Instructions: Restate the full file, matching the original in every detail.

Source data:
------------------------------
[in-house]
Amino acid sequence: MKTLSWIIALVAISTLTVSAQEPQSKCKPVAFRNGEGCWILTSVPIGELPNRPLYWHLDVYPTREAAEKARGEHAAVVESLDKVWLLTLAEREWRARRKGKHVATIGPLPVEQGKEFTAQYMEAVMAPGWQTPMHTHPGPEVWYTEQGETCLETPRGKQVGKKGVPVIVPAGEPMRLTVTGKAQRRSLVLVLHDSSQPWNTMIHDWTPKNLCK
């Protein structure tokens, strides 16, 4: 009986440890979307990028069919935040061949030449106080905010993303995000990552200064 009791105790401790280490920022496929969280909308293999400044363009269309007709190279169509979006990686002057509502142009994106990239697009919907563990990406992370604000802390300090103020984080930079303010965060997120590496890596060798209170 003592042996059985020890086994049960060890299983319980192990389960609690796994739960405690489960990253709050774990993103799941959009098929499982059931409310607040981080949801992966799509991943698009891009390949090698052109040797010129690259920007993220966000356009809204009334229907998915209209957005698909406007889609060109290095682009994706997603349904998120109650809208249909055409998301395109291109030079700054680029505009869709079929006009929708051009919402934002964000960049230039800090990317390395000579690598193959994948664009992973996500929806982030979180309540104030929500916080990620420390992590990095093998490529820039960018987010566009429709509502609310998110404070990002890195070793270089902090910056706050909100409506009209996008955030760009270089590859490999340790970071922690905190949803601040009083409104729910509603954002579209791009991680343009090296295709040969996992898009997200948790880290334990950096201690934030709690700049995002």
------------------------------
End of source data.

[in-house]
Amino acid sequence: MKTLSWIIALVAISTLTVSAQEPQSKCKPVAFRNGEGCWILTSVPIGELPNRPLYWHLDVYPTREAAEKARGEHAAVVESLDKVWLLTLAEREWRARRKGKHVATIGPLPVEQGKEFTAQYMEAVMAPGWQTPMHTHPGPEVWYTEQGETCLETPRGKQVGKKGVPVIVPAGEPMRLTVTGKAQRRSLVLVLHDSSQPWNTMIHDWTPKNLCK
């Protein structure tokens, strides 16, 4: 009986440890979307990028069919935040061949030449106080905010993303995000990552200064 009791105790401790280490920022496929969280909308293999400044363009269309007709190279169509979006990686002057509502142009994106990239697009919907563990990406992370604000802390300090103020984080930079303010965060997120590496890596060798209170 003592042996059985020890086994049960060890299983319980192990389960609690796994739960405690489960990253709050774990993103799941959009098929499982059931409310607040981080949801992966799509991943698009891009390949090698052109040797010129690259920007993220966000356009809204009334229907998915209209957005698909406007889609060109290095682009994706997603349904998120109650809208249909055409998301395109291109030079700054680029505009869709079929006009929708051009919402934002964000960049230039800090990317390395000579690598193959994948664009992973996500929806982030979180309540104030929500916080990620420390992590990095093998490529820039960018987010566009429709509502609310998110404070990002890195070793270089902090910056706050909100409506009209996008955030760009270089590859490999340790970071922690905190949803601040009083409104729910509603954002579209791009991680343009090296295709040969996992898009997200948790880290334990950096201690934030709690700049995002």